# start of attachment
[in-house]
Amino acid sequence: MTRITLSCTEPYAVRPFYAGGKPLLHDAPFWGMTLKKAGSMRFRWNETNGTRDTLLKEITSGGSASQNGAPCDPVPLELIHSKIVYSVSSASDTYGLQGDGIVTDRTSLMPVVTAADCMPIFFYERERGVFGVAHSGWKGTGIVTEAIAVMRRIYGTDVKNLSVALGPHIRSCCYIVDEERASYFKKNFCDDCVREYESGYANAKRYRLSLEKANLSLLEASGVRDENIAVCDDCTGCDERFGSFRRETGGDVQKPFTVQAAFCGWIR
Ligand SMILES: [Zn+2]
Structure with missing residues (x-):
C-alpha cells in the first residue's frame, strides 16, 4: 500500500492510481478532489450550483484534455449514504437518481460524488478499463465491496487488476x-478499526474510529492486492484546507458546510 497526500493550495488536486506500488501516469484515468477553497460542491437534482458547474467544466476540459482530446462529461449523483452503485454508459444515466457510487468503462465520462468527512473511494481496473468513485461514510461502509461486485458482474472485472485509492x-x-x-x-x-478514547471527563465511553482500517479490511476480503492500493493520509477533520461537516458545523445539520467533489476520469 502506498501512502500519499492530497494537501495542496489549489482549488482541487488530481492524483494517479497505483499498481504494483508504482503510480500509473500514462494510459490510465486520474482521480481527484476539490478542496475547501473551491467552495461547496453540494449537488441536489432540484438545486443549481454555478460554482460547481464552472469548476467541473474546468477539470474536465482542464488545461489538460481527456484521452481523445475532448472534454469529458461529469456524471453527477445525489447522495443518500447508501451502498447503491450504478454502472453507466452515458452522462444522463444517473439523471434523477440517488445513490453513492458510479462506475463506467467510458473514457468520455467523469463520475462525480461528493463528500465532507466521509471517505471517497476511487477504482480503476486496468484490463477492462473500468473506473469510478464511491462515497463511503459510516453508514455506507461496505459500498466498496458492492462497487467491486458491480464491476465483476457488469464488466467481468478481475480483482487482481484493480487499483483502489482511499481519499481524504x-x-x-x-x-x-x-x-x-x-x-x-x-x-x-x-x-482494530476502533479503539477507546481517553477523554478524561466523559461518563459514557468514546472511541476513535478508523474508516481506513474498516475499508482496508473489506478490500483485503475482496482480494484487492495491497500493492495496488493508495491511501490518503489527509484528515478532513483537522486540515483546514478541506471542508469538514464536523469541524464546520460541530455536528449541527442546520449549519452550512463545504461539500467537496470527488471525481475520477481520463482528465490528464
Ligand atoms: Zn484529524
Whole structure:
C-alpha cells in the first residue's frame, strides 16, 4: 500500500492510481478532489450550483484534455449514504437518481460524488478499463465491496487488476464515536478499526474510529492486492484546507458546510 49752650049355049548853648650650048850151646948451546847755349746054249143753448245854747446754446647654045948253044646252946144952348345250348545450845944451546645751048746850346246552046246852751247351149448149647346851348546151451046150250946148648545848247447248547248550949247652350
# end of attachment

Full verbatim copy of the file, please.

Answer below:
[in-house]
Amino acid sequence: MTRITLSCTEPYAVRPFYAGGKPLLHDAPFWGMTLKKAGSMRFRWNETNGTRDTLLKEITSGGSASQNGAPCDPVPLELIHSKIVYSVSSASDTYGLQGDGIVTDRTSLMPVVTAADCMPIFFYERERGVFGVAHSGWKGTGIVTEAIAVMRRIYGTDVKNLSVALGPHIRSCCYIVDEERASYFKKNFCDDCVREYESGYANAKRYRLSLEKANLSLLEASGVRDENIAVCDDCTGCDERFGSFRRETGGDVQKPFTVQAAFCGWIR
Ligand SMILES: [Zn+2]
Structure with missing residues (x-):
C-alpha cells in the first residue's frame, strides 16, 4: 500500500492510481478532489450550483484534455449514504437518481460524488478499463465491496487488476x-478499526474510529492486492484546507458546510 497526500493550495488536486506500488501516469484515468477553497460542491437534482458547474467544466476540459482530446462529461449523483452503485454508459444515466457510487468503462465520462468527512473511494481496473468513485461514510461502509461486485458482474472485472485509492x-x-x-x-x-478514547471527563465511553482500517479490511476480503492500493493520509477533520461537516458545523445539520467533489476520469 502506498501512502500519499492530497494537501495542496489549489482549488482541487488530481492524483494517479497505483499498481504494483508504482503510480500509473500514462494510459490510465486520474482521480481527484476539490478542496475547501473551491467552495461547496453540494449537488441536489432540484438545486443549481454555478460554482460547481464552472469548476467541473474546468477539470474536465482542464488545461489538460481527456484521452481523445475532448472534454469529458461529469456524471453527477445525489447522495443518500447508501451502498447503491450504478454502472453507466452515458452522462444522463444517473439523471434523477440517488445513490453513492458510479462506475463506467467510458473514457468520455467523469463520475462525480461528493463528500465532507466521509471517505471517497476511487477504482480503476486496468484490463477492462473500468473506473469510478464511491462515497463511503459510516453508514455506507461496505459500498466498496458492492462497487467491486458491480464491476465483476457488469464488466467481468478481475480483482487482481484493480487499483483502489482511499481519499481524504x-x-x-x-x-x-x-x-x-x-x-x-x-x-x-x-x-482494530476502533479503539477507546481517553477523554478524561466523559461518563459514557468514546472511541476513535478508523474508516481506513474498516475499508482496508473489506478490500483485503475482496482480494484487492495491497500493492495496488493508495491511501490518503489527509484528515478532513483537522486540515483546514478541506471542508469538514464536523469541524464546520460541530455536528449541527442546520449549519452550512463545504461539500467537496470527488471525481475520477481520463482528465490528464
Ligand atoms: Zn484529524
Whole structure:
C-alpha cells in the first residue's frame, strides 16, 4: 500500500492510481478532489450550483484534455449514504437518481460524488478499463465491496487488476464515536478499526474510529492486492484546507458546510 49752650049355049548853648650650048850151646948451546847755349746054249143753448245854747446754446647654045948253044646252946144952348345250348545450845944451546645751048746850346246552046246852751247351149448149647346851348546151451046150250946148648545848247447248547248550949247652350